Please pardon the mud on my shoes. I just got back from the opening ceremonies for the Washington County Fair, which we covered with our Rover.
This is the 177th Washington County Fair, believe it or not. (This town is rather old. A local man was the leader of the Whiskey Rebellion during President Washington's administration.)
Tonight's opening ceremonies were not exactly impressive. We had a thunderstorm an hour before they were to start, so everything was delayed until the makeshift stage near the harness track had dried out enough for the musicians (a gospel singing group) to set up their amplifiers. Then it was possible to make a few speeches, have the Boy Scouts raise the flag, and then turn the program over to the gospel group. By actual count, there were fewer than a hundred spectators in the huge old grandstand. If we're lucky, more people may watch this event on Cable TV than saw it in person.
Five days ago we covered a slightly more exciting event, the "Bicentennial Brass" drum and bugle corps competition. We did this as a full-scale two-camera remote, with me directing. Then when we played the tape on the air the following night, we arranged part of the studio to look like a press box. I sat there, pretending I was in the press box at the stadium, and commented on what was going on below me. I think this worked out fairly well.
I was impressed by the winning corps, the Madison Scouts from Wisconsin. These guys really are good!
Friday, October 10, 1975
I'm sorry I haven't written to you in a while, but maybe a birthday card will make up for it.
My excuse, of course, is that I've been busy. Our news- and sportscaster has taken a new job as PR man for Point Park College in Pittsburgh, and because we've been losing more than $2,000 a month in our local-origination operation, we decided we couldn't afford to replace him. That means that I have to take care of the newscasts (Mon-Wed-Fri only) and the sportscasts (one or two football games each weekend), plus all my regular duties as program director. So, I've been working very hard just to keep up.
Sometimes it's fun, though. Next weekend, we're going up to Meadville to cover a college game between Washington & Jefferson and Allegheny. The last time I broadcast a game from Meadville was when Oberlin played there in 1967. Brings back memories.
Thursday, December 4, 1975
The Christmas season arrived here in Washington about a month ago, when some of the merchants started putting up their decorations. Somehow the season seems even more rushed than usual this year. By mid-November the lamppost ornaments were in place downtown, and the county Christmas tree was decorated on the courthouse steps. The Christmas parade was held on November 22, nearly a week before Thanksgiving.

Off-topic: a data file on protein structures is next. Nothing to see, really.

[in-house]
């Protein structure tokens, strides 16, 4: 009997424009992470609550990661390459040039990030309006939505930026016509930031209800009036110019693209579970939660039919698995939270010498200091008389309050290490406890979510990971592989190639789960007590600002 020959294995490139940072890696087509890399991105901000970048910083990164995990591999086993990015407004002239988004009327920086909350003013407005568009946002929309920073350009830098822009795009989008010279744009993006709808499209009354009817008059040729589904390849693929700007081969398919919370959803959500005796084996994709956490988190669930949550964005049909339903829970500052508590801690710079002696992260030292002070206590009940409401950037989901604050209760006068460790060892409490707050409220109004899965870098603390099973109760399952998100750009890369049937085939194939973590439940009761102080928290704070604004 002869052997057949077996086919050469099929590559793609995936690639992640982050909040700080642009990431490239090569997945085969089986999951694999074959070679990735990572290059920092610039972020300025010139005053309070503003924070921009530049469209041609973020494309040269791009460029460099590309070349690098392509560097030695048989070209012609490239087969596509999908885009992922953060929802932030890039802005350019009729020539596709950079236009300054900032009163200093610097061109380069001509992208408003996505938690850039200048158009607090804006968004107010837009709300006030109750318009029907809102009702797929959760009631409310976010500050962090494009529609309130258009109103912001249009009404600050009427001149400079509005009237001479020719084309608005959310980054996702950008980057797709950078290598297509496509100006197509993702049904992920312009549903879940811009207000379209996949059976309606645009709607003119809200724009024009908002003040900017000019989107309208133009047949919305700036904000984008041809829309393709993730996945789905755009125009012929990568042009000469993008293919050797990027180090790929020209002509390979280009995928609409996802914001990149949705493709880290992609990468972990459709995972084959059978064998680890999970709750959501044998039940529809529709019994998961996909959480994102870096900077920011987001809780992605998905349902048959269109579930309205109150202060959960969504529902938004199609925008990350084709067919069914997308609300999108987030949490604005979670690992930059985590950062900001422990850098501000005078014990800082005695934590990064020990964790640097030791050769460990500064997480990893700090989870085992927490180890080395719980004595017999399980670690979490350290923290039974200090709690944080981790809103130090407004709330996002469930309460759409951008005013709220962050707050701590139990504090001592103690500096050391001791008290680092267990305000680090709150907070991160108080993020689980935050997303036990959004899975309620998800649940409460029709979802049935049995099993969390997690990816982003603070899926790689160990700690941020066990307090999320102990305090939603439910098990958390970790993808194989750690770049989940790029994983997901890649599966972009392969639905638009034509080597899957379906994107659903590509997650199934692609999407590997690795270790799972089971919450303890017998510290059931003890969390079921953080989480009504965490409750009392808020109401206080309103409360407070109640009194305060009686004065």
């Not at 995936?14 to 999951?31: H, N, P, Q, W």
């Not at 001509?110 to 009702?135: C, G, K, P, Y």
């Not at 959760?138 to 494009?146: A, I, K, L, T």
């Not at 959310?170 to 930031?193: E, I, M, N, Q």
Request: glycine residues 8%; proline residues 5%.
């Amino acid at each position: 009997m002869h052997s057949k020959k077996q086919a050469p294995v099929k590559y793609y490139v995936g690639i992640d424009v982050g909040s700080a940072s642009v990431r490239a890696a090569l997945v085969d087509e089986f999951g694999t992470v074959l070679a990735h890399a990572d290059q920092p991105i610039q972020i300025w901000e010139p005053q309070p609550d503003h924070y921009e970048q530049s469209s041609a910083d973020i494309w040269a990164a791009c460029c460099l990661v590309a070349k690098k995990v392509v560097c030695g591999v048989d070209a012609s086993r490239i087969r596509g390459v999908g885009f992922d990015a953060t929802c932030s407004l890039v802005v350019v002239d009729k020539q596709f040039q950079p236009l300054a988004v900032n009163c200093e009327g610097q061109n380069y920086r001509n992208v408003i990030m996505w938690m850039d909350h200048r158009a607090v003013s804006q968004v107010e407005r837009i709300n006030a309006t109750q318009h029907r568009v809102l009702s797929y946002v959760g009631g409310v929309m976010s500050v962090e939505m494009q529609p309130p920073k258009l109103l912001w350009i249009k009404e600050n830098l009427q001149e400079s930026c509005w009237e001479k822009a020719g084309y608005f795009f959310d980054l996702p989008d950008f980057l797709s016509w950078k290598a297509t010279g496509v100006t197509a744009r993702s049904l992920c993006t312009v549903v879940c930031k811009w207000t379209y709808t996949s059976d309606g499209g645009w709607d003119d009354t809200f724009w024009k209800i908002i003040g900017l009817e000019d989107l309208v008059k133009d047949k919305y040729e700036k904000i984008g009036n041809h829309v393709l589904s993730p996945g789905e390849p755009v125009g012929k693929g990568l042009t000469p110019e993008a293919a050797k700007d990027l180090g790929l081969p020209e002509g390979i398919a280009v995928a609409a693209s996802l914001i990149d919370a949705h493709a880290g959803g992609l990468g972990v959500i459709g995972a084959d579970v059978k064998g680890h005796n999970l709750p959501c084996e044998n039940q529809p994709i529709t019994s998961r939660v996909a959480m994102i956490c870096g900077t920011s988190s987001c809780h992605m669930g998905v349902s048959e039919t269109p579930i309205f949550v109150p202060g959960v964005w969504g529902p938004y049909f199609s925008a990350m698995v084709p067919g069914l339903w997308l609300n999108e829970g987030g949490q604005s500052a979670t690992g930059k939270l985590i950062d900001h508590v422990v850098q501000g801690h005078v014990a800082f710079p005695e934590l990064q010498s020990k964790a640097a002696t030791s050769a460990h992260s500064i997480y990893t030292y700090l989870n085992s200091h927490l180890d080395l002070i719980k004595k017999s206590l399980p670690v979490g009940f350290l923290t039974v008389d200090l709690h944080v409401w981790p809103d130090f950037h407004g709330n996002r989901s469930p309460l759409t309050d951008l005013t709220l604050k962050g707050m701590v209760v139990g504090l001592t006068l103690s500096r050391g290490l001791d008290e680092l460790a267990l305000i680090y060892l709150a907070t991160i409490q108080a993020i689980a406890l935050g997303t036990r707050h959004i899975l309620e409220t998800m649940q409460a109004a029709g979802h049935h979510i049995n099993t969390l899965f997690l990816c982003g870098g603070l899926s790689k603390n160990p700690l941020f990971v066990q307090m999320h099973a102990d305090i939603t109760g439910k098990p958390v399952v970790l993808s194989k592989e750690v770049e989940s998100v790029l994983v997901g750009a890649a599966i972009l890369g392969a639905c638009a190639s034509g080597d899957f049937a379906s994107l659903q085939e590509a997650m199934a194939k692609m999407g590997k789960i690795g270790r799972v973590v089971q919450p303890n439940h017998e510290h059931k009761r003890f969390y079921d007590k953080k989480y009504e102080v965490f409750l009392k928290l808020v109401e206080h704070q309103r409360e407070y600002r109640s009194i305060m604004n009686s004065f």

One Indian-summer day in November I was walking downtown, wearing just a sport coat and feeling rather warm in the sunshine. The holiday decorations seemed very much out of place in that balmy weather. It was as though I had walked into Florida by mistake.
That Christmas parade could have used some better organization. For example, the climax was supposed to have been the official arrival of Santa Claus on the final float, to the delight of all the kids watching. But somebody forgot to point this out to the various service organizations and Scout troops who entered other floats in the parade. The very first float had a Santa on it, passing out candy. The third float had another Santa on it, passing out candy. And so it went.
There were a total of five Santas in the parade, one of them played by a woman (it was a Girl Scout float). Each time a Santa passed, the kids would rush out into the street to collect their goodies. By the time the "real" Santa arrived on the final float, the kids were getting bored by it all. Besides, this fifth Santa wasn't handing out any treats; he was just standing high in his sleigh, waving.
If you're wondering why I was watching the Christmas parade so carefully, it's because we televised it.
Another interesting program was the interview with the Cambodian refugees, a Phnom Penh family headed by a man who worked for the American embassy. When the Khmer Rouge began closing in, the Americans evacuated this family first to Bogotá, Colombia, then to Fort Indiantown Gap, Pennsylvania. A couple of weeks ago a church here in Washington brought them to town and fixed them up in a house here. We took a camera to the house, and one of our people interviewed the family for a half-hour show. The younger members of the family spoke English fairly well, but the parents needed an interpreter. The mother answered questions in Cambodian; the father, in French.